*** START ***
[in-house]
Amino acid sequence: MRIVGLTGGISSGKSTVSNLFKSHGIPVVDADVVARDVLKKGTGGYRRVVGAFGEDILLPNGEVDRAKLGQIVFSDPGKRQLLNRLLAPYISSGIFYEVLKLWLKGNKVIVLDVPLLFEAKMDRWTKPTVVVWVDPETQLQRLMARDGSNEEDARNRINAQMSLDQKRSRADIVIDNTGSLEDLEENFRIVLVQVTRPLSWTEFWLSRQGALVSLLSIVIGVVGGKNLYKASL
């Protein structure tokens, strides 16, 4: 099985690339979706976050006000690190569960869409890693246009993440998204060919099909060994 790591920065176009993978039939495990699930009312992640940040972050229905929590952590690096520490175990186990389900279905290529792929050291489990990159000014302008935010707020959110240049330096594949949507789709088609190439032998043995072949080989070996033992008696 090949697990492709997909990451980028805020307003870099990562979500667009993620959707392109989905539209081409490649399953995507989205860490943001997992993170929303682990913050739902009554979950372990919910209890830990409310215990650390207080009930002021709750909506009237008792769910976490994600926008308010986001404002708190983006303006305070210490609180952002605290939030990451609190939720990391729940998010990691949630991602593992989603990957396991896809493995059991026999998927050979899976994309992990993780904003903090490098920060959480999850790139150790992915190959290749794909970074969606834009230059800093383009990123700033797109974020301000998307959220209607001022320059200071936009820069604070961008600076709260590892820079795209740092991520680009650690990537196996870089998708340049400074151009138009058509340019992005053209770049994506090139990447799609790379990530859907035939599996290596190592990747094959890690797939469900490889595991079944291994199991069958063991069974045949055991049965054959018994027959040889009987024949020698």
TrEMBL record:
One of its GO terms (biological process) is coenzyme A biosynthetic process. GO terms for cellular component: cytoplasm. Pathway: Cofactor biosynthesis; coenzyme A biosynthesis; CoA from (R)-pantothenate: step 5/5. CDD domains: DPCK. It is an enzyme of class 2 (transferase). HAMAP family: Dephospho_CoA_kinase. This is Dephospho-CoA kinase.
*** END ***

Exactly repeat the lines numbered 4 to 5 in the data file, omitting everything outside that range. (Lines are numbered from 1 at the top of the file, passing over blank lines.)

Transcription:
TrEMBL record:
One of its GO terms (biological process) is coenzyme A biosynthetic process. GO terms for cellular component: cytoplasm. Pathway: Cofactor biosynthesis; coenzyme A biosynthesis; CoA from (R)-pantothenate: step 5/5. CDD domains: DPCK. It is an enzyme of class 2 (transferase). HAMAP family: Dephospho_CoA_kinase. This is Dephospho-CoA kinase.